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My Super-Official 2023 Predictions
Brett Baty, David Peterson, Francisco Lindor, Danny Mendick, and...Buddy Carlyle?
Look: I’m no statistician. I did once run into a classmate from an introductory stats course at a movie theater who called me a “stats god,” but…still. I don’t pretend to be able to dig into the numbers and project exactly how many opposite-field hits Omar Narváez will get on 1-2 counts. If I could, I would probably do more investing.
What I can do, though, is understand the basics. And the vibes. Sometimes both. And that’s what I’ll be doing as I unveil my official predictions for 2023.
There are some predictions that I won’t bother to make; what’s the use in saying “Justin Verlander will be good”? So I’m focused on areas of more uncertainty. That necessarily means that more of my predictions will turn out to be wrong, but it’s also just more interesting.
So here we go.
Brett Baty will either bat .280 or hit 20 home runs, or both
I’ve said this before, and I’ll continue saying it: Baty’s 11-game stint last season was so, so much better than it looked. He batted .184, but his expected batting average was .287. Even in 11 games, his max exit velocity of 113 mph ranked in the 89th percentile among all batters. He’s looked just as strong this spring. And the eye test agrees: his swing is like a van Gogh.
That said, there’s a major caveat: This prediction only applies if he plays close to a full season, which, at this point, is possible but nowhere near guaranteed. I absolutely don’t expect him to hit 20 home runs if he’s called up in July.
David Peterson will be…good
This is pretty much a vibes-based prediction. Peterson’s underlying data is okay, but definitely not great. He’s good at striking batters out, but also gives up a lot of walks and hard-hit balls. But with that really solid changeup/slider combo, he’s always just seemed like someone who will end up being a solid starter. It’s sort of like how Jeff McNeil doesn’t actually hit the ball that hard, but you can still just tell that he’s a great hitter.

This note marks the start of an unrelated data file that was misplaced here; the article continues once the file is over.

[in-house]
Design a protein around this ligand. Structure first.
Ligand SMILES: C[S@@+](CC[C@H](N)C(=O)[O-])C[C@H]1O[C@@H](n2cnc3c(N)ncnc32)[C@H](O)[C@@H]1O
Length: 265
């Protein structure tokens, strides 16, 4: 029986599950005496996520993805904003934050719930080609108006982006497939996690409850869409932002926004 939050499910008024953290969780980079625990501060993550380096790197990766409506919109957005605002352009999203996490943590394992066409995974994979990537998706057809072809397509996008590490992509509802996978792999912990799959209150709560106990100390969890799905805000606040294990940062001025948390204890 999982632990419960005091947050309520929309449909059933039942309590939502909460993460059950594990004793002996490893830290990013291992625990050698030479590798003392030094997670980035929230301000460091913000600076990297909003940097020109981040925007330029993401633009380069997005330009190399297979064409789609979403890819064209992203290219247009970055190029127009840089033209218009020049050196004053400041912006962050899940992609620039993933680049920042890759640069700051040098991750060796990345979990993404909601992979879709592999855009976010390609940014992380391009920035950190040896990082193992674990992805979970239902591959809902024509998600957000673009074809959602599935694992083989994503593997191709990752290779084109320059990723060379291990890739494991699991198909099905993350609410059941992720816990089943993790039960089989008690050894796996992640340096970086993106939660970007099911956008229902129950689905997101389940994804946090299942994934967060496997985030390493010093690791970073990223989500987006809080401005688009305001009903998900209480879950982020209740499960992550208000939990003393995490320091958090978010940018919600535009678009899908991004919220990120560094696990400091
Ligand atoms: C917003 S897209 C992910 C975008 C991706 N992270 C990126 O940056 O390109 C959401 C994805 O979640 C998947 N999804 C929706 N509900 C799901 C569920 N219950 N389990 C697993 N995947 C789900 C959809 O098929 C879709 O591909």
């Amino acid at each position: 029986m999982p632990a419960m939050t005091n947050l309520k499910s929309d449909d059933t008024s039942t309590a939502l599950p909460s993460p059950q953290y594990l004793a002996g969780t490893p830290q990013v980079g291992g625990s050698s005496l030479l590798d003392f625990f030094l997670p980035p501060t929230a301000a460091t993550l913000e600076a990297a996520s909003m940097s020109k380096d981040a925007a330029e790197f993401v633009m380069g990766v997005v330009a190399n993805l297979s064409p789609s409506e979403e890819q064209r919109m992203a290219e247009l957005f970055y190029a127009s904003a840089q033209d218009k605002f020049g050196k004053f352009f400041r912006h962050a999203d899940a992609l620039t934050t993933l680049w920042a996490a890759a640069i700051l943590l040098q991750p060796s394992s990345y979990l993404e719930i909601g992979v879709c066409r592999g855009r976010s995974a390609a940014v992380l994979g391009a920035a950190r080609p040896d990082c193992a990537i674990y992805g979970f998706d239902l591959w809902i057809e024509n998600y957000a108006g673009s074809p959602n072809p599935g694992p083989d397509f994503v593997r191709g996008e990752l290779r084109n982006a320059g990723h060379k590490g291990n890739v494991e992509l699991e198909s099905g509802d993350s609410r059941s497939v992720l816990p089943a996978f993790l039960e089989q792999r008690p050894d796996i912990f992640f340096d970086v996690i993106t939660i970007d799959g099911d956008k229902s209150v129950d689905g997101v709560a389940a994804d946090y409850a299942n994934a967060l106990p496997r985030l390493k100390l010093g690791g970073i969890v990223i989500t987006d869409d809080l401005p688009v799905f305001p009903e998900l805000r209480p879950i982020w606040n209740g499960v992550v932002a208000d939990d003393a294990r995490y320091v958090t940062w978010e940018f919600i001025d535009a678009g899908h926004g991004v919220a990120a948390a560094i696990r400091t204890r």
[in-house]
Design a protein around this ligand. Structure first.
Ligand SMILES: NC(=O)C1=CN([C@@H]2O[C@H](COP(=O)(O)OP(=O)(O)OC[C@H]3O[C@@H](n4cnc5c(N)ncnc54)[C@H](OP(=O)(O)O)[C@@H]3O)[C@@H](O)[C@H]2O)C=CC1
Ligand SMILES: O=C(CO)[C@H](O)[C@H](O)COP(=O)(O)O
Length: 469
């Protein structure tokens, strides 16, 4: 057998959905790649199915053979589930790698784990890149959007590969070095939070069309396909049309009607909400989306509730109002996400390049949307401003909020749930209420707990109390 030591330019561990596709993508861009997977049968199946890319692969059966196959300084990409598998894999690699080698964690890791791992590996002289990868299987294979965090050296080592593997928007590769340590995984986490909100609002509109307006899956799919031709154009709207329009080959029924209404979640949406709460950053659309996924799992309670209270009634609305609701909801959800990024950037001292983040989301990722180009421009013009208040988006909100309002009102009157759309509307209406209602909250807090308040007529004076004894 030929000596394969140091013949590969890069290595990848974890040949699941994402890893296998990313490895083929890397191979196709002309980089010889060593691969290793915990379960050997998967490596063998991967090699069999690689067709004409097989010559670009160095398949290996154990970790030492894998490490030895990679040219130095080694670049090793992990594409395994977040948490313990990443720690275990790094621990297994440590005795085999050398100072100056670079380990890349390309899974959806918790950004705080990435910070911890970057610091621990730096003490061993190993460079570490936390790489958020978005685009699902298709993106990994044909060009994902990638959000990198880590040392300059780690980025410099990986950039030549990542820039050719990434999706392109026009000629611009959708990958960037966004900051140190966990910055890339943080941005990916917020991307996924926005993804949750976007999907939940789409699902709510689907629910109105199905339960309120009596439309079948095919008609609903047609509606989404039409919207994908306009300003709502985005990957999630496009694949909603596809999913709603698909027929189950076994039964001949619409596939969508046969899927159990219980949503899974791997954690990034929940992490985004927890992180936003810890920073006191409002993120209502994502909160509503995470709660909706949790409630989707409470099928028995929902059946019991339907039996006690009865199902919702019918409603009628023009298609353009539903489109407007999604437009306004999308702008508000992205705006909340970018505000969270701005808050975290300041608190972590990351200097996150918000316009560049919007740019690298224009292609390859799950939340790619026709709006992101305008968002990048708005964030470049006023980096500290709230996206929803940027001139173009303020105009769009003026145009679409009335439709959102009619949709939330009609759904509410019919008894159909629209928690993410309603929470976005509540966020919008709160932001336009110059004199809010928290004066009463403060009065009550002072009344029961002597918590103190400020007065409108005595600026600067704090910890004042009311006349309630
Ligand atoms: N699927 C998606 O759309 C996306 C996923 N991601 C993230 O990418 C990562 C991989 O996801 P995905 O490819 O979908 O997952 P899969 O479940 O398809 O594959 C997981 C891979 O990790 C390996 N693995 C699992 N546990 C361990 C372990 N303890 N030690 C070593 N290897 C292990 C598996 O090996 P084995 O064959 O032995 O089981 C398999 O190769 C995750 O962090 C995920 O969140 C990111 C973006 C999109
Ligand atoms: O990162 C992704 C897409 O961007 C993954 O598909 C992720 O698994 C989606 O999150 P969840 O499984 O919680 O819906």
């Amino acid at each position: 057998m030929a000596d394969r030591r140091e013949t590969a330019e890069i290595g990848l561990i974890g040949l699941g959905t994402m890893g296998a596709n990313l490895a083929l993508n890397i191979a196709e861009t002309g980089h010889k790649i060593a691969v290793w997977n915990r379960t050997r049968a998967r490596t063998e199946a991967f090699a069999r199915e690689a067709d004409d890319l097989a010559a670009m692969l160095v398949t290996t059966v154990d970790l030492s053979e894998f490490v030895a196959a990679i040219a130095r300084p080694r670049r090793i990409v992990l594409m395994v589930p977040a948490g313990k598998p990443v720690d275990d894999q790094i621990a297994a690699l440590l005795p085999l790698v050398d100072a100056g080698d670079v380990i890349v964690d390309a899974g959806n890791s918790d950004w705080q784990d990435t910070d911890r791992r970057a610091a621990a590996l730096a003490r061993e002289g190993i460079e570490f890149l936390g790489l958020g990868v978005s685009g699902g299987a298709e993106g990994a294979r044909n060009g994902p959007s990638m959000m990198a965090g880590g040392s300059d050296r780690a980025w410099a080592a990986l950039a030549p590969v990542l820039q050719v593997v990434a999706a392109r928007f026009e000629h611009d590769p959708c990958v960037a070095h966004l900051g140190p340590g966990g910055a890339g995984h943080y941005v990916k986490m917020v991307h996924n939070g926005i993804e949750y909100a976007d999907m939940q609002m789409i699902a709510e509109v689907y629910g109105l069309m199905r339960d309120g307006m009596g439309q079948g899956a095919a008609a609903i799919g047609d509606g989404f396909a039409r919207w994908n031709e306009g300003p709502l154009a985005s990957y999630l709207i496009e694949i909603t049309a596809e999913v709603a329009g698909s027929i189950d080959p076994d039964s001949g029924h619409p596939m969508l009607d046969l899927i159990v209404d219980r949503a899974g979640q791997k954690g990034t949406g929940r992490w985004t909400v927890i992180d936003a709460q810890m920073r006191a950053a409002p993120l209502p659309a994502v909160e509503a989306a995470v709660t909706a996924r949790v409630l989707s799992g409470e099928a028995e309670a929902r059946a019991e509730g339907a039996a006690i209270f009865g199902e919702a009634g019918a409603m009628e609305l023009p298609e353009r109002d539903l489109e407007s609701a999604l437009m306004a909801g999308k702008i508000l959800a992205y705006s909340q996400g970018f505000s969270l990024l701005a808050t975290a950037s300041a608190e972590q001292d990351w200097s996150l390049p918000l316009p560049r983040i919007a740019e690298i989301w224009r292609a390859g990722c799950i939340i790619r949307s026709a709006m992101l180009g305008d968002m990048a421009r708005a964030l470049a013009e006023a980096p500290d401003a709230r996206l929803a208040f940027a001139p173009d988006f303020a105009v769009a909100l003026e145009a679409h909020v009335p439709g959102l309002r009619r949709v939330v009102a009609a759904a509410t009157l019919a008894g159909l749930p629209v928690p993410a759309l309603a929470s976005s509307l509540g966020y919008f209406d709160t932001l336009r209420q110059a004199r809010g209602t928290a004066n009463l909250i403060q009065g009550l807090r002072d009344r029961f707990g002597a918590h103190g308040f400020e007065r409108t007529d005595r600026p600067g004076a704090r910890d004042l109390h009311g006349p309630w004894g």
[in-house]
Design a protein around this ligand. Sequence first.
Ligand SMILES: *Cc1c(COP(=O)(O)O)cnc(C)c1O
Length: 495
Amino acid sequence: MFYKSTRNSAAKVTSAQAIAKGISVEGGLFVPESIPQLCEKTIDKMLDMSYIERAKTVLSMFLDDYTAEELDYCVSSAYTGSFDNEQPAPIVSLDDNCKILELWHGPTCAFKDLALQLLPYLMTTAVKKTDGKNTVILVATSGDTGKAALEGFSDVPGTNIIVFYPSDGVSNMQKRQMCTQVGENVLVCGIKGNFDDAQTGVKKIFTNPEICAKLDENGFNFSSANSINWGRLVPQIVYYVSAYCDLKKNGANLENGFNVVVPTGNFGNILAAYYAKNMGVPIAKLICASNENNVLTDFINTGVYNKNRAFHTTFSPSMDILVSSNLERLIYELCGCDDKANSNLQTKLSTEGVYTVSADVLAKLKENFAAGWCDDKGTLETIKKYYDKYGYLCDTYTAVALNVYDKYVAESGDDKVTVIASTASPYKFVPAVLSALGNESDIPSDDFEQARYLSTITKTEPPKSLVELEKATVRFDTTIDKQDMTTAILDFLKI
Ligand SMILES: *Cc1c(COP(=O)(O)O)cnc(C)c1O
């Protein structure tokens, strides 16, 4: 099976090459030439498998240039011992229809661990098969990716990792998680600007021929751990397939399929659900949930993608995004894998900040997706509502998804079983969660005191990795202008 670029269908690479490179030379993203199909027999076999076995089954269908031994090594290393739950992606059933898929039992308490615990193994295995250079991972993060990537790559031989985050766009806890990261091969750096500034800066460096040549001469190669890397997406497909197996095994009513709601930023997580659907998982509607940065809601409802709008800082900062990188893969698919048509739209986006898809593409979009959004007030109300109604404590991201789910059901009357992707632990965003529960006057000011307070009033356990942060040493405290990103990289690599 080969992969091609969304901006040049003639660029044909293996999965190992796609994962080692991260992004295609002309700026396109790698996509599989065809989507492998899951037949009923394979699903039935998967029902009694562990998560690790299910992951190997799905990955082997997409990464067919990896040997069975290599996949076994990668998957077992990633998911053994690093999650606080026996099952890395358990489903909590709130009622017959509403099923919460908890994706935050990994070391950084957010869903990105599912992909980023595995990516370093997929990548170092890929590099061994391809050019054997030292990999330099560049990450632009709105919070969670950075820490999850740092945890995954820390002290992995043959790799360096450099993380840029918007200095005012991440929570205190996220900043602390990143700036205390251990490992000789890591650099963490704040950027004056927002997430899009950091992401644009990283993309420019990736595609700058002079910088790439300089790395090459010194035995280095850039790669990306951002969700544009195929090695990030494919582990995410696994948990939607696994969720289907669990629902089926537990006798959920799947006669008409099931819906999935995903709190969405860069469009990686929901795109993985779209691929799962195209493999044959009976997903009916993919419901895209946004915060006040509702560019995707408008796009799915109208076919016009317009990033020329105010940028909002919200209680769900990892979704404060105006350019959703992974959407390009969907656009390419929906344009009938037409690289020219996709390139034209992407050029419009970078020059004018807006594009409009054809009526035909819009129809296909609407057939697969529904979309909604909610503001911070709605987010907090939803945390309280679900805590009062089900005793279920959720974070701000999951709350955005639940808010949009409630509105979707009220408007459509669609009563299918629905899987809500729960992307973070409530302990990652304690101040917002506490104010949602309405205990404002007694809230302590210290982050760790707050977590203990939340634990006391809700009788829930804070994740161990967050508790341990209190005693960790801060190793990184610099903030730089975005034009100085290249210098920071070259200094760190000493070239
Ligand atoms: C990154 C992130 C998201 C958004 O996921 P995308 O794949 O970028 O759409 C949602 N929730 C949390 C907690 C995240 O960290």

Francisco Lindor will hit 30 home runs
Lindor cleared the 30 home-run mark each year from 2017 to 2019, hitting as many as 38. But then, of course, there was the shortened 2020 season, and then Lindor slumped through 2021. He picked it up in 2022, of course, and had a great year.
What’s easy to forget, though, is that Lindor went through some pretty sustained struggles in the first half before exploding in the second. As late as July 7 – July 7! – Lindor was batting .241/.319/.411. After July 7, he batted .299/.358/.487.
That doesn’t mean he’s going to continue to hit like that forever; the way baseball works is that players have good stretches and bad stretches, and they come together into a statline that’s pretty average. Indeed, his power numbers didn’t even improve in the second half. But Lindor did seem to decisively shake off his 2021 struggles around the midpoint of 2022, and if he can go a full year without slipping back into an extended slump, there’s no reason he can’t clear 30 homers again.
And yes, I will remind you – I predicted something like this.
Danny Mendick will have one incredible three-week stretch
Doesn’t he just seem like the type?
Kodai Senga will underwhelm in the first half, but redeem himself in the second
This one is really simple: Senga clearly has the stuff to dominate, but he also very clearly is still adjusting to the specifics of MLB (mound slope, baseball size, pitch clock, etc). It’s just a pretty easy thing to say, to the point where it almost feels like a cop-out. “He’ll have an adjustment period, then pitch to his full potential.” Groundbreaking stuff.
One Buddy Carlyle-type reliever will emerge
The real ones remember: in 2014, Buddy Carlyle, aged 36, having not pitched in the big leagues since 7 2/3 innings in 2011, came to the Mets and pitched to a 1.45 ERA in 27 appearances. Relievers like that are the best: they show up out of nowhere, dominate for a year, then, usually, you never hear from them again. And here’s what’s happening this year: the Mets have lots and lots of candidates to be the next Buddy Carlyle.
I’ve got my eye on Jimmy Yacabonis. He’s never pitched a full MLB season, and his slider could be absolutely devastating; he’s pitched to a career 3.25 ERA in the Minors. But there are lots of other candidates too. Simply put, the Mets have so many high-potential relievers that one of them seems likely to turn out to be really good.
James McCann will make Mets fans angry
Hear me out. I’ve already explained in detail why James McCann is due for a major rebound, and been mocked unmercifully for it. But it’s still true. He’ll make the Orioles very happy. Let’s just check back on this one in a few months and see how it turns out.